Amazonia de cola rufa (Amazilia tzacatl) is a medium-sized hummingbird found from central-eastern Mexico to Central America and Colombia, east of western Venezuela and south of western Ecuador near the border with Peru. The hummingbird Largest shield from the island Escudo de Veraguas in Panama is commonly considered a subspecies of the hummingbird amazilia of rufa tail.
This species is common to abundant in open fields, on riverbanks, forests, shrubs, on the edge of the forest, coffee plantations and gardens with levels up to 1850 meters.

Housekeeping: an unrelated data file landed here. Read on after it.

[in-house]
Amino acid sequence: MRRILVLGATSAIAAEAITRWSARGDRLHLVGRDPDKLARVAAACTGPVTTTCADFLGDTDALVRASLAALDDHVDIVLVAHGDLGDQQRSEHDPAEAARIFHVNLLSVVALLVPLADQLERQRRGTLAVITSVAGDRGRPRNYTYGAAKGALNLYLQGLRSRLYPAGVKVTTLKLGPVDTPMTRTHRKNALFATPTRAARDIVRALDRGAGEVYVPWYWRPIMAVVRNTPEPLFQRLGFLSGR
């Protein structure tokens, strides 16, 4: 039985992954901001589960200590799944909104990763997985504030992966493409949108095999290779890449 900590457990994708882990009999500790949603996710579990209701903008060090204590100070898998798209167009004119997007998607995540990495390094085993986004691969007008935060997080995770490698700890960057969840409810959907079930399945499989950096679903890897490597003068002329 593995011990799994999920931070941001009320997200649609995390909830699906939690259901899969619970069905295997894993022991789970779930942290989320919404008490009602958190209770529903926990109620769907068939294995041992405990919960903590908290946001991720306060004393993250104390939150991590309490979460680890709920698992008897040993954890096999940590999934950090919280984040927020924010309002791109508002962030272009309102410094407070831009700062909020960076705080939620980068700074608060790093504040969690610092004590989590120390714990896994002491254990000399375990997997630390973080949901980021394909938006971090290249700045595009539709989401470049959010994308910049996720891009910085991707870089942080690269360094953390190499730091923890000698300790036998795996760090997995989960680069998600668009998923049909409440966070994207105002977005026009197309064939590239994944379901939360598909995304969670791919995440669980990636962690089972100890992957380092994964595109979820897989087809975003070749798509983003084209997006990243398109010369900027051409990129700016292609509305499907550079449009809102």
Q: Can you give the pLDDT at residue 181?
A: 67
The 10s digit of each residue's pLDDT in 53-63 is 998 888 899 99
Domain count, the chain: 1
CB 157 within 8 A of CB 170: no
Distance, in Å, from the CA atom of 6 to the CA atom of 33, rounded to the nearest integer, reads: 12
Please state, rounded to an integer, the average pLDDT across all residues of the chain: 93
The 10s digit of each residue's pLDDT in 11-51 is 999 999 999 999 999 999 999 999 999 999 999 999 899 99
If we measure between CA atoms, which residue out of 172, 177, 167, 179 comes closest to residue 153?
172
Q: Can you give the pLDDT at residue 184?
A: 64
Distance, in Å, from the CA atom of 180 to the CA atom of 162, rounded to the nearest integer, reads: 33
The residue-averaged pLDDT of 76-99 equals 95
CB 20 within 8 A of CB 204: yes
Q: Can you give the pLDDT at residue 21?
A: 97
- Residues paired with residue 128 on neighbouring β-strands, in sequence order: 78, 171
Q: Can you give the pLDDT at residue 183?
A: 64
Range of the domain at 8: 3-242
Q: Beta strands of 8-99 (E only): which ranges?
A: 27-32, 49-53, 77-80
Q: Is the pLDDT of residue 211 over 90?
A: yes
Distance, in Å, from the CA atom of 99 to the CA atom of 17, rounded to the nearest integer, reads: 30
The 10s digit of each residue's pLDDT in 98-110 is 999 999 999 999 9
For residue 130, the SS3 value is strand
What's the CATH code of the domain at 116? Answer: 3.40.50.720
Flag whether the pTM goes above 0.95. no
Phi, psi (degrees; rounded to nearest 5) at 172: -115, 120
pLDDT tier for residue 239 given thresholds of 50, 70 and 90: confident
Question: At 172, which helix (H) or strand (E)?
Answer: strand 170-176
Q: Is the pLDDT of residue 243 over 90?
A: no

The adult Cola Rufa amazilia hummingbird is 10 to 12 centimeters long and weighs approximately 5.2 grams. The neck is green (with white border on the female), the crown, the back and the side are green with golden touches, the belly has a pale gray color, the back hole is drilled and the slightly shaped tail of a fork is rufa with the dark tip. The almost straight bill is red with a black tip; wider at the top of the jaw, which would make it look all black. Young hummingbirds are virtually identical to the female. The song of the hummingbird is a low chut, and the singing of the male is a whistle Ttse we ts' we tse tse wip tseek tse .The female of the hummingbird amazilia of tail rufa is totally responsible for the construction of the nest and the incubation. The female places two white eggs in a compact nest built of plant fibers and dead leaves at a height of 1.6 meters on a thin horizontal branch. The incubation takes from 15 to 19 days, and they will take another 20 to 26 days more to leave the feathers that cover it.